Our London Docklands, and Thames Riverside Ancestors
Our London Docklands ancestors like many others had close links to the Thames. Living in the tower hamlets of Stepney, Whitechapel Poplar and Bromley their occupations included watermen, lockkeepers and carmen.
POPLAR was a hamlet of Stepney until it became a separate parish in 1817. Most of the area of the original parish is in the Isle of Dogs, once known as Stepney Marsh. Poplar takes its name from the poplar trees which were planted to provide a windbreak and were particularly suitable trees for growing in the rich, damp soil. A few fishermen lived here in medieval times; but the village, centred on the High Street, grew from the 16th century onwards because of its nearness to London by road and its ability to cater for ocean-going vessels at Blackwall. The East India Company had many of its ships built in the Blackwall Yard and erected almshouses and a chapel. The Chapel was built as a chapelry of Stepney, but in 1823 Poplar became a parish and a new church [All Saints] was built. The registers of Poplar Chapel were transferred to the new church, the old building was then renamed St. Matthias and a new set of registers started.
By 1801, the population was only 4,500, but within ten years the opening of the East and West India Docks linked to London by the new East India Dock Road and Commercial Road provided the opportunity for rapid expansion. The population reached about 55,000 by 1881 and the last portion of open space was built over soon afterwards. Poplar became a metropolitan borough in 1900 including Bow and Bromley.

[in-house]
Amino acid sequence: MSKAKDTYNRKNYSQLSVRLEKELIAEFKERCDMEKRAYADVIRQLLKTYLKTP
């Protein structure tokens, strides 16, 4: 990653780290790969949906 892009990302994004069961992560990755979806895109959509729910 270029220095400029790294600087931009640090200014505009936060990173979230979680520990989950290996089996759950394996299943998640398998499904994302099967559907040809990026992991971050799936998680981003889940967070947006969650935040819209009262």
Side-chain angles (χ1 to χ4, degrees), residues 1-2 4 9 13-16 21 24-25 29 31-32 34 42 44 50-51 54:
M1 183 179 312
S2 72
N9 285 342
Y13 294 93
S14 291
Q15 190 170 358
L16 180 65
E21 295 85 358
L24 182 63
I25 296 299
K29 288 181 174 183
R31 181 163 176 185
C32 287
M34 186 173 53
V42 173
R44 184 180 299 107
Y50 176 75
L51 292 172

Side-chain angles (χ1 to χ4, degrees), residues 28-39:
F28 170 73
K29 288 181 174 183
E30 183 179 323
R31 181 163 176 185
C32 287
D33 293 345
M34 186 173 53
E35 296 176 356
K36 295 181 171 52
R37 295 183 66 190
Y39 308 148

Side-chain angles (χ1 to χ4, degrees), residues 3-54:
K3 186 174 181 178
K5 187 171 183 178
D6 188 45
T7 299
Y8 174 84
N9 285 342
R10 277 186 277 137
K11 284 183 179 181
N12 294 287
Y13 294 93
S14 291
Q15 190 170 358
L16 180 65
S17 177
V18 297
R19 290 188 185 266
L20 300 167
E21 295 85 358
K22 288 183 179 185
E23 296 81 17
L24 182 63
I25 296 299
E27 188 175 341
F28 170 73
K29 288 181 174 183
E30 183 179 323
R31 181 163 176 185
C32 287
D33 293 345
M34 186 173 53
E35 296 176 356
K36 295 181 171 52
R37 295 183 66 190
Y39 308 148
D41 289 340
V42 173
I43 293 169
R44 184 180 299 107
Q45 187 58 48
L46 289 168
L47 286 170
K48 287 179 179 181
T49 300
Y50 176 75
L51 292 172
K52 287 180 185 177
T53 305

STEPNEY is described in the Domesday Book of 1086 as an arable area with meadows, pastures and woodland with a population of 900 which included Hackney. In medieval times the parish of Stepney extended east from the City as far as the River Lea and north from the River Thames as far as Hackney.
At the end of the 16th century there was a period of rapid growth in population with the development of the riverside and eastern suburbs of the City. For civil purposes Stepney had been divided up into four hamlets - Ratcliffe, Limehouse, Poplar and Mile End, but because of the increase in buildings and inhabitants new hamlets were created. Bethnal Green (in 1597), Shadwell (in 1645), Spitalfields (in 1662), St. George in the East (in 1670), Mile End New Town (in 1691) and Bow (in 1719). Whitechapel and Bromley St. Leonard were already separate parishes.
The name Stepney now meant little more than a geographical area around St. Dunstan's church but revived in the 19th century as the name of a registration district. In 1900 the Borough of Stepney was formed and comprised of various civil vestries, parishes and liberties bounded by the City, Bethnal Green and Poplar. This industrial suburb had a population of about 300,000, many living in poverty and overcrowded conditions. The main industries were dock labour and the manufacture of clothing with many employed in warehouses and shops.
During World War Two more than a third of the houses were made uninhabitable and most of the others damaged by bombing, as were the docks, warehouses and business premises. Stepney became part of the London Borough of Tower Hamlets in 1965.